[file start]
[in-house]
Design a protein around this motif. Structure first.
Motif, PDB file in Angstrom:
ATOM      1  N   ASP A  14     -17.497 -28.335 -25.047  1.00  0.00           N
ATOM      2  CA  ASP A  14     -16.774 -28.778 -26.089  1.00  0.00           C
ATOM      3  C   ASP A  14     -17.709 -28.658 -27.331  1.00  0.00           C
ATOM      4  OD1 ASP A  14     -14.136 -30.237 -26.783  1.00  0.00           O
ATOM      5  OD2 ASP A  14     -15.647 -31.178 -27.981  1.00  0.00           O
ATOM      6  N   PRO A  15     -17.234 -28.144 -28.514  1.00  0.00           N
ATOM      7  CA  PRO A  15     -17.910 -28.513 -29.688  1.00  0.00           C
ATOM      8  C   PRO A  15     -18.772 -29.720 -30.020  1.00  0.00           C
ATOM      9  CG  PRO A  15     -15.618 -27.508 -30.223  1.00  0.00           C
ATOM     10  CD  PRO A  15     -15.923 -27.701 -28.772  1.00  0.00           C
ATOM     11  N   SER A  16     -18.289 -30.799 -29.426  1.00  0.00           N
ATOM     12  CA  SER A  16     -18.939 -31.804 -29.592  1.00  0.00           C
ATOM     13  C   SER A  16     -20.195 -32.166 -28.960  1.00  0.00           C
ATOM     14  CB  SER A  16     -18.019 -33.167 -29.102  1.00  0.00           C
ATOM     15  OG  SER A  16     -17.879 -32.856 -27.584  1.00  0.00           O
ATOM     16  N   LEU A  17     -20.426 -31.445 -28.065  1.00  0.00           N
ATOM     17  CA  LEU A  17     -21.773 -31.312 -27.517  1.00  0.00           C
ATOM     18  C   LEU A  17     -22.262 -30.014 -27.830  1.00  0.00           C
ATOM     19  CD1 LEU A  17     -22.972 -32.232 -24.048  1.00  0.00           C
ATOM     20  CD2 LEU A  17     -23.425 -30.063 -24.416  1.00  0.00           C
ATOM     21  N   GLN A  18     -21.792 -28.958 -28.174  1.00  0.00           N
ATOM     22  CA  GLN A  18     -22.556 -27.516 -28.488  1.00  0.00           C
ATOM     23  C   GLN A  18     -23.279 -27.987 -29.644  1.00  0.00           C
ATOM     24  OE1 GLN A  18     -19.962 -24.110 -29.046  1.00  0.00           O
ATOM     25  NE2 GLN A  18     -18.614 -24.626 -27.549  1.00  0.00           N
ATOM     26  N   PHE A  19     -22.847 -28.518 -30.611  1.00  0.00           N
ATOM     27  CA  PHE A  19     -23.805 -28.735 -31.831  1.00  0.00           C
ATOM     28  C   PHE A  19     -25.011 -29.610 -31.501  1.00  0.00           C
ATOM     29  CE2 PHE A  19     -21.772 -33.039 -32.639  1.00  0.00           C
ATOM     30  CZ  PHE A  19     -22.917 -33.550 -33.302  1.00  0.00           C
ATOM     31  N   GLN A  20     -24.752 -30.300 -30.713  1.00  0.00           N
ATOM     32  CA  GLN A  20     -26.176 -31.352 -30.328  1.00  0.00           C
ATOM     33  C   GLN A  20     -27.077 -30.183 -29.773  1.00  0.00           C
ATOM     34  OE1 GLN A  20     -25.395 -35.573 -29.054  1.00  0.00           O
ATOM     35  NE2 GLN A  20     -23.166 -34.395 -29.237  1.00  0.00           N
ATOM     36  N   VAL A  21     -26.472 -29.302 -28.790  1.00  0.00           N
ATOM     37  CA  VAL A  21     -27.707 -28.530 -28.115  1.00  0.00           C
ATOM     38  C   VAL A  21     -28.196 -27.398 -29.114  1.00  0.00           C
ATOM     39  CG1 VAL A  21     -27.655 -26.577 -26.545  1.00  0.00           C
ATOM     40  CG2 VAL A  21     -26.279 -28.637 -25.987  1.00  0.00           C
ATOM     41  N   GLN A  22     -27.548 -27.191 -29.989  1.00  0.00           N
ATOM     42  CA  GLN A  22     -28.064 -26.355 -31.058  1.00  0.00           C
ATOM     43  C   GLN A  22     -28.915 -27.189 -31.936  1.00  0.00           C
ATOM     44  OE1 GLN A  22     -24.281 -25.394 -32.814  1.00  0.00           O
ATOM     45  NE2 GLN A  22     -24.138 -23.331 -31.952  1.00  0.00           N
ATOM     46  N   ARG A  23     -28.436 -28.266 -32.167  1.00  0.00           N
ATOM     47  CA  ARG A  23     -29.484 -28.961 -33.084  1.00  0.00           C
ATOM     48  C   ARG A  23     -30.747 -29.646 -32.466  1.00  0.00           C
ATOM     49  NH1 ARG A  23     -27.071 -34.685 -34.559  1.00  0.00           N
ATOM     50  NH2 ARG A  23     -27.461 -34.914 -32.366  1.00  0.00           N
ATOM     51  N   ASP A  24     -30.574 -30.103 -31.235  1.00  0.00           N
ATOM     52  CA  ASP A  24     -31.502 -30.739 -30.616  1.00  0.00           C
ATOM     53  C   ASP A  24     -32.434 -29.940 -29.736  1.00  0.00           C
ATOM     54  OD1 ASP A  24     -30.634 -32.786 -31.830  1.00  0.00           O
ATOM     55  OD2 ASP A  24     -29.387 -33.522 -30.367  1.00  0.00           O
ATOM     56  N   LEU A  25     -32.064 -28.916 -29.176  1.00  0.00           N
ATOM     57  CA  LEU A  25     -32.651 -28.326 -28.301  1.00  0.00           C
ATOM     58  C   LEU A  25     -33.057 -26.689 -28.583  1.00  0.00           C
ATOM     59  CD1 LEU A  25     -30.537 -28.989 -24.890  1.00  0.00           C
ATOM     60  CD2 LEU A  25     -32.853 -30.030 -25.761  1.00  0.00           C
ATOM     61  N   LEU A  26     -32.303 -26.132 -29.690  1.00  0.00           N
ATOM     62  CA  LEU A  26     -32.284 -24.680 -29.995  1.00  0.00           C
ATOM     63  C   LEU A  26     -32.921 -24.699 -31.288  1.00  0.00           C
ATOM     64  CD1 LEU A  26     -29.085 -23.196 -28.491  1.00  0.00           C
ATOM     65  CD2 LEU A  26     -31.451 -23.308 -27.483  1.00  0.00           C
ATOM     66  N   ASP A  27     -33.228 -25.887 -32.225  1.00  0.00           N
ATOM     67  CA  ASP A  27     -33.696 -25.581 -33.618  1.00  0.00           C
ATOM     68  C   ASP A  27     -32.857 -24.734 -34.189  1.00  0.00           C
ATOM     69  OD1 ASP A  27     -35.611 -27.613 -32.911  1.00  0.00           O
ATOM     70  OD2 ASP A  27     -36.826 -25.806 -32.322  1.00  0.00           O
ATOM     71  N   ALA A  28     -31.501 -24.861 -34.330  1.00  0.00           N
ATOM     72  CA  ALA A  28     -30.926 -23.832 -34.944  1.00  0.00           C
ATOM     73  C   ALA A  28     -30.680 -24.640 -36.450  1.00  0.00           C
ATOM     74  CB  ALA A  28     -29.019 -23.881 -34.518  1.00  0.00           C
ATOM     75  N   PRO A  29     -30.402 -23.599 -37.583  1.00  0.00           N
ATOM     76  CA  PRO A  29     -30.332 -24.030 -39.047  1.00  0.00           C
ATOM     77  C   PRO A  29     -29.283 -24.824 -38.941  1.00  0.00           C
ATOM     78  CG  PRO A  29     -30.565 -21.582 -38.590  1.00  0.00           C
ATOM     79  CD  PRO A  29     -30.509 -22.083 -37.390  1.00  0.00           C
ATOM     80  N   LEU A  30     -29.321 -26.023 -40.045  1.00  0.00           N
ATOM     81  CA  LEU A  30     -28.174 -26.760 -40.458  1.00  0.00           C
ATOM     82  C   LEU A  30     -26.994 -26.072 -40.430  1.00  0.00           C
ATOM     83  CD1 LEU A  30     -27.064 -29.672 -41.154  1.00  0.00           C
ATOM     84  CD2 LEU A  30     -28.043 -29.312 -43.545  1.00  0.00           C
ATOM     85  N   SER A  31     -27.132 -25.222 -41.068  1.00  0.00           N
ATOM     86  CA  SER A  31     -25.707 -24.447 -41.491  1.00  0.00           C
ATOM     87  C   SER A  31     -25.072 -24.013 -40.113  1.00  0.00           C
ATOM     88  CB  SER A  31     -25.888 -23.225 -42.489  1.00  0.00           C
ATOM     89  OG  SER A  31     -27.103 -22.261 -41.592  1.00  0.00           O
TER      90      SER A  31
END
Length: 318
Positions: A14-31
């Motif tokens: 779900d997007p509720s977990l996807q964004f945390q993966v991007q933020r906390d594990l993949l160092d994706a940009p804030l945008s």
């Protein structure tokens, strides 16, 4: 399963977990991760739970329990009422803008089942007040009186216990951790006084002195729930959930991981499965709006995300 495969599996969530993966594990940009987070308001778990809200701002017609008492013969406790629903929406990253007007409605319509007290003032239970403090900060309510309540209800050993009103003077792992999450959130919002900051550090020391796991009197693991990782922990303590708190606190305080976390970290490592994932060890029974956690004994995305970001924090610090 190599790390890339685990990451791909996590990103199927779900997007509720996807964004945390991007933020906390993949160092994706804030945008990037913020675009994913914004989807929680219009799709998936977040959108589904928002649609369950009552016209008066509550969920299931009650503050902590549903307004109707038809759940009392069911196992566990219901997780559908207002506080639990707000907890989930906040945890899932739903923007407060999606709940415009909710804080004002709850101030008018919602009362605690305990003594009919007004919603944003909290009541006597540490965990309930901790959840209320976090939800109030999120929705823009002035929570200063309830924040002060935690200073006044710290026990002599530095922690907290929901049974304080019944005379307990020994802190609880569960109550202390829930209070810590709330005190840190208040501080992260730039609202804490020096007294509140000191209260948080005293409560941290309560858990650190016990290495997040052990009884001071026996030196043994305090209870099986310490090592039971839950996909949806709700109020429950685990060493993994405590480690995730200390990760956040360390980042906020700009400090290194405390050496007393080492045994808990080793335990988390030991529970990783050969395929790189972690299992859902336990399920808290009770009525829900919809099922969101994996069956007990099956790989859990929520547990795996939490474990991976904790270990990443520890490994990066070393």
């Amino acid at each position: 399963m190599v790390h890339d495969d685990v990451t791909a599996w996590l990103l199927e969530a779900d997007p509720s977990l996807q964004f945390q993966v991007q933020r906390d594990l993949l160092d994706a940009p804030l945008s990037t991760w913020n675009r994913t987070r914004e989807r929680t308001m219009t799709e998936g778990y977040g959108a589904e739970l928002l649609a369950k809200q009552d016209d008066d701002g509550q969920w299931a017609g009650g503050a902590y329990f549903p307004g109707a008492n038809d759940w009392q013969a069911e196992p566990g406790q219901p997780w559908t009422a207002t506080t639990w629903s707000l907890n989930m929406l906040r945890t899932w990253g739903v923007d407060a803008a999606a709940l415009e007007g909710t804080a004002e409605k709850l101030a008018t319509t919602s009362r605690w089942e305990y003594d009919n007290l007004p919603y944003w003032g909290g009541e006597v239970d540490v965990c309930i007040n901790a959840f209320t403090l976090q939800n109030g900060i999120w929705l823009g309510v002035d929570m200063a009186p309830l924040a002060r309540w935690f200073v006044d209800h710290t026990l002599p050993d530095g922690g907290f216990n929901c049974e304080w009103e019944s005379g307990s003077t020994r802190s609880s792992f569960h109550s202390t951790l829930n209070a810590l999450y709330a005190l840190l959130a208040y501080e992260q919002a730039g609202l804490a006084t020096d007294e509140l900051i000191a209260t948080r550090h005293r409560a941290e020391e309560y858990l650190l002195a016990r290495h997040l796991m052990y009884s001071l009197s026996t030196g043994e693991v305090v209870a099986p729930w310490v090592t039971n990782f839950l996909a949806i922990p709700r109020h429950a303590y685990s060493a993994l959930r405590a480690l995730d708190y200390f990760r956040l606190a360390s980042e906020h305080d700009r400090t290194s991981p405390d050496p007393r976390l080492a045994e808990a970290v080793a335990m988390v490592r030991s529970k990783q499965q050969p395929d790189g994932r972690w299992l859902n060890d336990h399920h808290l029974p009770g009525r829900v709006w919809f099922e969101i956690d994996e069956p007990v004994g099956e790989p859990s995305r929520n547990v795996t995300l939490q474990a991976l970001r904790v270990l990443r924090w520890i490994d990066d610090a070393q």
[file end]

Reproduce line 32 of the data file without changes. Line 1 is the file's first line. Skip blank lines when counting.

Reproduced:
ATOM     29  CE2 PHE A  19     -21.772 -33.039 -32.639  1.00  0.00           C